*Special Note: This is a close to the series of recent posts on natural law prompted by a set of luncheons at Loyola University Maryland. The final luncheon was guided by Scott Roninger of Loyola Marymount University, Los Angeles. What follows is an outline of his presentation with additions made by myself to explore fashion and natural law.
The Emperor Caligula in need of money passed a law of heavy fines for various infractions. Citizens were royally lightened of a good deal of money. Imperial success was guaranteed for the law passed kept what counted as an infraction a secret. Unsurprisingly, protests ensued with the people arguing that law is not binding unless promulgated for all to know. Bowing to pressure, Caligula posted the law high up above the forum where none could read it. This sorry excuse for promulgation was meet with renewed popular anger.
This is an example of what Aristotle calls natural justice. The people intuited that the law was unjust: without instruction, people clearly saw that promulgation is essential to rule of law.
Robert Graves’s Goodbye to All That, his 1929 sardonic rejection of the mores that culminated in WW1, provides another example of natural justice. Put on sniper duty, Graves had a German in his sights. The only difficulty: the man was behind the lines in a bathtub bathing. Graves declined to take the shot.
Pope Francis is well-known for his demand that we take environmental stewardship more seriously. Less well-known is his significant departure from contemporary environmental ethics. Many environmentalists, though not all, tend to view nature as a field for the laying down of the moral law (this is an application of Kant’s moral formalism: at some point, I’ll do a post where I’ll argue this misunderstands Kant’s thought). By contrast, in a rather lovely way, I think, Francis argues that nature is a teacher.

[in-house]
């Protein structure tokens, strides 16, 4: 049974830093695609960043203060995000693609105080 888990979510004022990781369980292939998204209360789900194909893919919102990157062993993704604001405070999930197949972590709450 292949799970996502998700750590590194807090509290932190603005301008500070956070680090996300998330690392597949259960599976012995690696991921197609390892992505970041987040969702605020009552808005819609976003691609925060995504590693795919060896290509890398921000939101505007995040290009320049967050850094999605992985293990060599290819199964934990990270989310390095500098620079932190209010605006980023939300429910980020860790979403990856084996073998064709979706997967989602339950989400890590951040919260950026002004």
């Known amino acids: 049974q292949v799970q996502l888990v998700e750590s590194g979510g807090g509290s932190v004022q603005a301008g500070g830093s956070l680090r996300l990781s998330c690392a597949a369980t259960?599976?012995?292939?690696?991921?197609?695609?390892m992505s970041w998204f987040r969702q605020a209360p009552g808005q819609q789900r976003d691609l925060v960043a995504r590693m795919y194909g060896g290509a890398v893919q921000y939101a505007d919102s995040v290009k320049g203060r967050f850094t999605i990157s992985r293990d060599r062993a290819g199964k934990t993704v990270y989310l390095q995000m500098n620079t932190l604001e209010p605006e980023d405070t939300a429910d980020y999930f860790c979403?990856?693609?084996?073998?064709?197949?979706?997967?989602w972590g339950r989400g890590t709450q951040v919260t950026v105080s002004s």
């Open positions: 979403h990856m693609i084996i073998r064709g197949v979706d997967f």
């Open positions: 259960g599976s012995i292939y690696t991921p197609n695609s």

What does nature teach? There is order and an orderer: art and an Artist.
Mazda are well-known for concept car development and often taking nature as a teacher (http://wardsauto.com/news-analysis/mazda-designers-draw-inspiration-nature-fashion). They have modeled cars after the wind or, as with their 2006 Nagare, after sand dunes:
Natural law is the claim that there is an ontological priority of ends over purposes.
An end is a nature resting in its identity: look out the window at a tree to see the idea (for Aquinas’s account of our end and subordinate ends see my post on corsets and natural law: http://www.ethicsoffashion.com/corsets-natural-law/).
A purpose is how we motor to our end, and these we can set up in opposition to our end (evil) or in symmetry (good).
Aquinas argues that we are imitative creatures and so we learn about ends and purposes from mimicking the order we see in nature. In the most profound sense, we craft ourselves and our arts (technology) by imitating the divine Artist who orders nature. The great Thomistic commentator, the Jesuit Erich Przywara, thinks God as Artist Thomas’s favoured image for God.